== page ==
Arizona athletes, coaches react after Supreme Court rules in favor of coach praying with team

Rex Gonzalez said he has no problem with coaches leading their team in prayer, just as long as they clarify that everyone does not need to participate.
Published: Jun. 27, 2022 at 6:47 PM MST
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PHOENIX (3TV/CBS 5) -- The U.S. Supreme Court voted 6-3 Monday in favor of a high school football coach who liked to pray with his players after games. All six conservative justices sided with the coach from the state of Washington, whose quiet prayer ritual grew into a major event at the 50-yard line, with players joining in while the crowd was still in the stands.

The school district said it never restricted the coach from offering silent prayer and suggested an alternate place to pray off the field. But the coach refused and was later fired.

Former Pinnacle High School baseball player Nick Frat said he’s been on several teams where they’ve prayed before and after games. “We’re praying for good health,” said Frat. “Praying for a good day to make sure everyone gets on and off the field OK and has a great day while we’re out there.”

Rex Gonzalez runs the T-Rex Baseball Club in Scottsdale. He also coaches at a Valley High school. Gonzalez said he has no problem with coaches leading their team in prayer, just as long as they clarify that everyone does not need to participate. “I know with our club teams, there’s been times thatteams want to do a prayer at home plate,” said Gonzalez. “I always look at players and go, you are more than welcome to do it. Don’t feel like you have to, that’s plain and simple as long as its not pushing it down people’ throat.”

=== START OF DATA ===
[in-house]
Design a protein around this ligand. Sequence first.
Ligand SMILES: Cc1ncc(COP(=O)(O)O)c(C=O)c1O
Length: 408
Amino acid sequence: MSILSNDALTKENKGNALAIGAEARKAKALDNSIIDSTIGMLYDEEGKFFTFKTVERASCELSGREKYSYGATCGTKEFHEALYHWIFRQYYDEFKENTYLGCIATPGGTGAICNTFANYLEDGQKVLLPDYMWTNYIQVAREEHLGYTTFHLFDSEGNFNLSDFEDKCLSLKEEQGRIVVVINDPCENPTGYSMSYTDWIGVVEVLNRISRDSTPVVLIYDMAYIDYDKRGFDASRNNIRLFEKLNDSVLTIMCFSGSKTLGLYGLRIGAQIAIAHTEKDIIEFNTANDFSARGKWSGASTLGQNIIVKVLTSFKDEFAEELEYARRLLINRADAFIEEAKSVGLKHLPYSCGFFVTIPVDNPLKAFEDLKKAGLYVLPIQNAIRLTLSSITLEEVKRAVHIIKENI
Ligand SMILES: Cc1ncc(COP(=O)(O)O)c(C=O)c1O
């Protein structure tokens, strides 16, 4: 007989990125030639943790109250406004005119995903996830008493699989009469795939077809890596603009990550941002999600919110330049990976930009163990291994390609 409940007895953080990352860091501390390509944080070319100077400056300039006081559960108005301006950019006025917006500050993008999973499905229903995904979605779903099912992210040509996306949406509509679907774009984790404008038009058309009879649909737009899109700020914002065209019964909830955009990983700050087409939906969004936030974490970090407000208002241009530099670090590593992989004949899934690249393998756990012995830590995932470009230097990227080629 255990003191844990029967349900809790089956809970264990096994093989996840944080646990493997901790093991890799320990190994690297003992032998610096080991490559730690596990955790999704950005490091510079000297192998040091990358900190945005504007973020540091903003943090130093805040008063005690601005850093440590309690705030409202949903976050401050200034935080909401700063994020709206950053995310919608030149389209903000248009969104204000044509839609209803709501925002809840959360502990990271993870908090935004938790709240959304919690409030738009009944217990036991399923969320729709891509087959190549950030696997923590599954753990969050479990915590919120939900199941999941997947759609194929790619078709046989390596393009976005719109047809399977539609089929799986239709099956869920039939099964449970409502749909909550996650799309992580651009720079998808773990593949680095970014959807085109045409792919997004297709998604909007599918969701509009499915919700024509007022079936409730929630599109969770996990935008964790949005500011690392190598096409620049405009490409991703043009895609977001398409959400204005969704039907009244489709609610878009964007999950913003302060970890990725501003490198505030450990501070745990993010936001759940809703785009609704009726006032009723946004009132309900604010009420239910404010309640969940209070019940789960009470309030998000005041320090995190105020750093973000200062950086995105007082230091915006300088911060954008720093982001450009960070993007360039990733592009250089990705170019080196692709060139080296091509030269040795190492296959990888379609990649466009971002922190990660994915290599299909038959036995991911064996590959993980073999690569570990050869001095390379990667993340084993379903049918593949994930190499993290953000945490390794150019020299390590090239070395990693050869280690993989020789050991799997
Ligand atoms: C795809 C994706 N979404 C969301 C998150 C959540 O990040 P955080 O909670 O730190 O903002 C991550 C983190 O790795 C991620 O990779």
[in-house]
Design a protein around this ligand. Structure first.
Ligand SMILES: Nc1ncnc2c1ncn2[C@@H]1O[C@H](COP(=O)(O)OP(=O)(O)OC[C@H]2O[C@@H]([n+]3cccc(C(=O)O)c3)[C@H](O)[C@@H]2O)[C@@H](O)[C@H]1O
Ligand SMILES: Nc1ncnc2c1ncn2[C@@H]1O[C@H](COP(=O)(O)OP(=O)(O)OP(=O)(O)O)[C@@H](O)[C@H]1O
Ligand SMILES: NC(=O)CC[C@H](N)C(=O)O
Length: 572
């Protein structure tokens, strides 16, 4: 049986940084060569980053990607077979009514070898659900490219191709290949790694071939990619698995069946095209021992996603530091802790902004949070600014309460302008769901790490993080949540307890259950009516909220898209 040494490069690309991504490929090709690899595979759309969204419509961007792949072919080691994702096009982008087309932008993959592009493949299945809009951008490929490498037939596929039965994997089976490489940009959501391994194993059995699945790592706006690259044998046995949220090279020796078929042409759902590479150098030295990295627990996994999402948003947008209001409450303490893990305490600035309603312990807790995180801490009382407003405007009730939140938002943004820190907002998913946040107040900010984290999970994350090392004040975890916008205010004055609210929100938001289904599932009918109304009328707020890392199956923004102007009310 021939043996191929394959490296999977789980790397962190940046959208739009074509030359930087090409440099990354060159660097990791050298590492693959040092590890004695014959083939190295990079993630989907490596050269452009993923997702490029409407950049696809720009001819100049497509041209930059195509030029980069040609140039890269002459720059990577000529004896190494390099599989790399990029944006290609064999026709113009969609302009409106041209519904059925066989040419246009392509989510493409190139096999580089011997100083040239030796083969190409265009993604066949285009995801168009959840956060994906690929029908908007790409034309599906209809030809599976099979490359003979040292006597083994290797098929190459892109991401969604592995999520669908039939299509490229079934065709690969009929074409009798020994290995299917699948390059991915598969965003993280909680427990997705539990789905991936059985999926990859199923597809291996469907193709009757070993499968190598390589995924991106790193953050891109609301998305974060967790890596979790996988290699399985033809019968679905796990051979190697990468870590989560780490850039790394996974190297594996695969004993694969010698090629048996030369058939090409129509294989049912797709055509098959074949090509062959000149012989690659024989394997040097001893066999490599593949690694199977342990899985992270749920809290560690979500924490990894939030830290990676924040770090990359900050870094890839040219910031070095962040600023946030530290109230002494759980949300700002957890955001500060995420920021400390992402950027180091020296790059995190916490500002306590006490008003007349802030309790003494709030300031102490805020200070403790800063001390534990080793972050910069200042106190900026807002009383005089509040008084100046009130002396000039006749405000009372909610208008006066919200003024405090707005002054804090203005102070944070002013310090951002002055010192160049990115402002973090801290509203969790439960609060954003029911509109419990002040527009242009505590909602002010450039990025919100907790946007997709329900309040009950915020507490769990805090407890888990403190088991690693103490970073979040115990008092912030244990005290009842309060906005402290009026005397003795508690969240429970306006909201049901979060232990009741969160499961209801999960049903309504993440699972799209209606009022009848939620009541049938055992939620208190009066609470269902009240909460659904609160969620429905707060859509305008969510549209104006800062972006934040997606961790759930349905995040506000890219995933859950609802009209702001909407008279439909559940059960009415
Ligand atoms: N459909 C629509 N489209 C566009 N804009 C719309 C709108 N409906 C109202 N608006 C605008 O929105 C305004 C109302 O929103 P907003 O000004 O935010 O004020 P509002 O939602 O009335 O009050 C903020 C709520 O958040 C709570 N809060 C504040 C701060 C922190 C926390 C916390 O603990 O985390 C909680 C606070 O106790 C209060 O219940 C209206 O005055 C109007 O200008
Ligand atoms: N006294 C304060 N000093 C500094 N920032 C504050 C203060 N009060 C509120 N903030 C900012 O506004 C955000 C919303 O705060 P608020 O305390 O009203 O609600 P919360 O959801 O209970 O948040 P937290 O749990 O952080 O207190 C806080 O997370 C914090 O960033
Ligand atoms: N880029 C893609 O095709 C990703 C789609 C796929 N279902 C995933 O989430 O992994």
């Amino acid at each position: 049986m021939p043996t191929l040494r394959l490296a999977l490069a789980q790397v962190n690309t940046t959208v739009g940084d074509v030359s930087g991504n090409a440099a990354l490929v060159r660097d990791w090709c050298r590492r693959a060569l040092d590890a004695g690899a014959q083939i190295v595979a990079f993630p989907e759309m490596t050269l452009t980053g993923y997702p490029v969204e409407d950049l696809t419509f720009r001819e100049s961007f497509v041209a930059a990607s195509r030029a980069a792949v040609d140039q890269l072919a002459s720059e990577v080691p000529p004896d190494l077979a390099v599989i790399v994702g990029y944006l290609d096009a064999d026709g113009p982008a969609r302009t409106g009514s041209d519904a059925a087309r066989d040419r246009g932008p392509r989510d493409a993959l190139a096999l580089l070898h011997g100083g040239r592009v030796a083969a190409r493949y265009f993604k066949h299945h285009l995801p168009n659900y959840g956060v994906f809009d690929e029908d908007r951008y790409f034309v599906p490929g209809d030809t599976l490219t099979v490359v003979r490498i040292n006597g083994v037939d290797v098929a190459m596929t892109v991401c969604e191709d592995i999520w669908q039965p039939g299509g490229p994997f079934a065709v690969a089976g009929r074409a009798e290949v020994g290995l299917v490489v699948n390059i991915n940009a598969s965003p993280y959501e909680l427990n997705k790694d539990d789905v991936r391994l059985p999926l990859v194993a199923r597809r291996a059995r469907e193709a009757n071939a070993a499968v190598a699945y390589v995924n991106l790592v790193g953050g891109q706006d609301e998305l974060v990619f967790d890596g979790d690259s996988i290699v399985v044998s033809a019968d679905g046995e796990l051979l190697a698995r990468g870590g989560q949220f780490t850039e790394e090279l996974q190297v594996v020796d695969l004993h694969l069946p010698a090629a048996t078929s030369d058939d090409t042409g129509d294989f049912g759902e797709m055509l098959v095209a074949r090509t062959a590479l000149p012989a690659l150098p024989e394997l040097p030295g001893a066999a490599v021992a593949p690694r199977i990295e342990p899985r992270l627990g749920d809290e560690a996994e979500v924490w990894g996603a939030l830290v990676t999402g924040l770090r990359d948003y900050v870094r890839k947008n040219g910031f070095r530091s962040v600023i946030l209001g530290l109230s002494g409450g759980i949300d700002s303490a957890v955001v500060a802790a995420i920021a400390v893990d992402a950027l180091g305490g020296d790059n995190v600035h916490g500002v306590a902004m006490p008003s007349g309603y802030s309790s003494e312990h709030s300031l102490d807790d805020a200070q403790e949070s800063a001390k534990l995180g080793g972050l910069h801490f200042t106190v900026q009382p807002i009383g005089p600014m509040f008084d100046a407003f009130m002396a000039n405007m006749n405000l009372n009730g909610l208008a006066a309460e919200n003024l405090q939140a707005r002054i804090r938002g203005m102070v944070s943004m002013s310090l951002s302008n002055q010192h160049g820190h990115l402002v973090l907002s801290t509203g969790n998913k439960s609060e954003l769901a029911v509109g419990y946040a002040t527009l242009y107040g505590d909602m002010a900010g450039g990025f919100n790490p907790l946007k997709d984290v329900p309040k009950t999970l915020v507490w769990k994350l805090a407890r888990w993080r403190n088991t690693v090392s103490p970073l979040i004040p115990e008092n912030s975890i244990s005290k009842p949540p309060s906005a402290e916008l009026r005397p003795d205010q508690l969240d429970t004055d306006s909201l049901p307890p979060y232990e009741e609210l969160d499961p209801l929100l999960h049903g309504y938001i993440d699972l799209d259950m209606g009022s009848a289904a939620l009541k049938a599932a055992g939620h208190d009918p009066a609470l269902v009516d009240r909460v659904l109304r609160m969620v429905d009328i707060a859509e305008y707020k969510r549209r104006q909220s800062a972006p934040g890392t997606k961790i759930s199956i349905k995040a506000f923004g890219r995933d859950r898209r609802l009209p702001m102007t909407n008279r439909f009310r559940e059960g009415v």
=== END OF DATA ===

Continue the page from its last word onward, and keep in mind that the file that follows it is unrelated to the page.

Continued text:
“I think it’s just our given right as American citizens, we should have First Amendment right to pray or not,” said Gonzalez.

But not everyone agrees with the Supreme Court’s decision. Several parents say it’s not as simple as just offering students a chance to opt out of a team prayer. They claim that just having the prayer at all puts real-life pressure on students to participate. They also say it can make student-athletes feel like they must participate, or they could lose playing time.

Ben Rundall with ACLU AZ said It’s something students shouldn’t have to deal with at a public school. “I think by elevating the rights of school officials expressing religious opinions, it kind of begs the question, ‘What about religious rights of students? What about their right to be free from this kind of influence in the public education setting?”' said Rundall. “They don’t have those rights anymore, as of today’s decision.”